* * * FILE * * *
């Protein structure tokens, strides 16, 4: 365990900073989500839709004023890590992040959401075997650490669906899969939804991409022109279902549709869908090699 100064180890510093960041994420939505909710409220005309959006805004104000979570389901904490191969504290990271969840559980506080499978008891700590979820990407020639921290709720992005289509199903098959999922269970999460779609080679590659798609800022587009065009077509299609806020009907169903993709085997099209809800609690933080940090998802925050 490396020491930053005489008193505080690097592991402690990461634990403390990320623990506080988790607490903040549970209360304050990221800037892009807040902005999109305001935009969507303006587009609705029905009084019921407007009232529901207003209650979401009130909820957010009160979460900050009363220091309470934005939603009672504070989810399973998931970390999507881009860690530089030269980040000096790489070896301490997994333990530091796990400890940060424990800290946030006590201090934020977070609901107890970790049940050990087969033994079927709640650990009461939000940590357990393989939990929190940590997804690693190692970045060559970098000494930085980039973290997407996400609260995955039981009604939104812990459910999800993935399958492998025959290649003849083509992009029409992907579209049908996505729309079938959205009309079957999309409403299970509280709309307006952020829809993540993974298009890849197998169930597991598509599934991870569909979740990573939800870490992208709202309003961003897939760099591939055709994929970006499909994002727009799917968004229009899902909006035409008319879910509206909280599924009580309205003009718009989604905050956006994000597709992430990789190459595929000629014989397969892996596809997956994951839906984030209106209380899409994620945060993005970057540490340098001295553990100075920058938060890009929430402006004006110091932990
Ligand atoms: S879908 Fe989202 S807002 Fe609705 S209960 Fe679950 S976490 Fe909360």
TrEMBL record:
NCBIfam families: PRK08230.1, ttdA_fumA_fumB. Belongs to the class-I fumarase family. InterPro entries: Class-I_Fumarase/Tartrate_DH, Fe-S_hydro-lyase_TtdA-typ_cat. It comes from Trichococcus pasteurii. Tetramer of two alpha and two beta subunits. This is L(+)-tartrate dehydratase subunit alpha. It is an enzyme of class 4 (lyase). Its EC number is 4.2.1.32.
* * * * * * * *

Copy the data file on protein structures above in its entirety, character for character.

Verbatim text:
């Protein structure tokens, strides 16, 4: 365990900073989500839709004023890590992040959401075997650490669906899969939804991409022109279902549709869908090699 100064180890510093960041994420939505909710409220005309959006805004104000979570389901904490191969504290990271969840559980506080499978008891700590979820990407020639921290709720992005289509199903098959999922269970999460779609080679590659798609800022587009065009077509299609806020009907169903993709085997099209809800609690933080940090998802925050 490396020491930053005489008193505080690097592991402690990461634990403390990320623990506080988790607490903040549970209360304050990221800037892009807040902005999109305001935009969507303006587009609705029905009084019921407007009232529901207003209650979401009130909820957010009160979460900050009363220091309470934005939603009672504070989810399973998931970390999507881009860690530089030269980040000096790489070896301490997994333990530091796990400890940060424990800290946030006590201090934020977070609901107890970790049940050990087969033994079927709640650990009461939000940590357990393989939990929190940590997804690693190692970045060559970098000494930085980039973290997407996400609260995955039981009604939104812990459910999800993935399958492998025959290649003849083509992009029409992907579209049908996505729309079938959205009309079957999309409403299970509280709309307006952020829809993540993974298009890849197998169930597991598509599934991870569909979740990573939800870490992208709202309003961003897939760099591939055709994929970006499909994002727009799917968004229009899902909006035409008319879910509206909280599924009580309205003009718009989604905050956006994000597709992430990789190459595929000629014989397969892996596809997956994951839906984030209106209380899409994620945060993005970057540490340098001295553990100075920058938060890009929430402006004006110091932990
Ligand atoms: S879908 Fe989202 S807002 Fe609705 S209960 Fe679950 S976490 Fe909360």
TrEMBL record:
NCBIfam families: PRK08230.1, ttdA_fumA_fumB. Belongs to the class-I fumarase family. InterPro entries: Class-I_Fumarase/Tartrate_DH, Fe-S_hydro-lyase_TtdA-typ_cat. It comes from Trichococcus pasteurii. Tetramer of two alpha and two beta subunits. This is L(+)-tartrate dehydratase subunit alpha. It is an enzyme of class 4 (lyase). Its EC number is 4.2.1.32.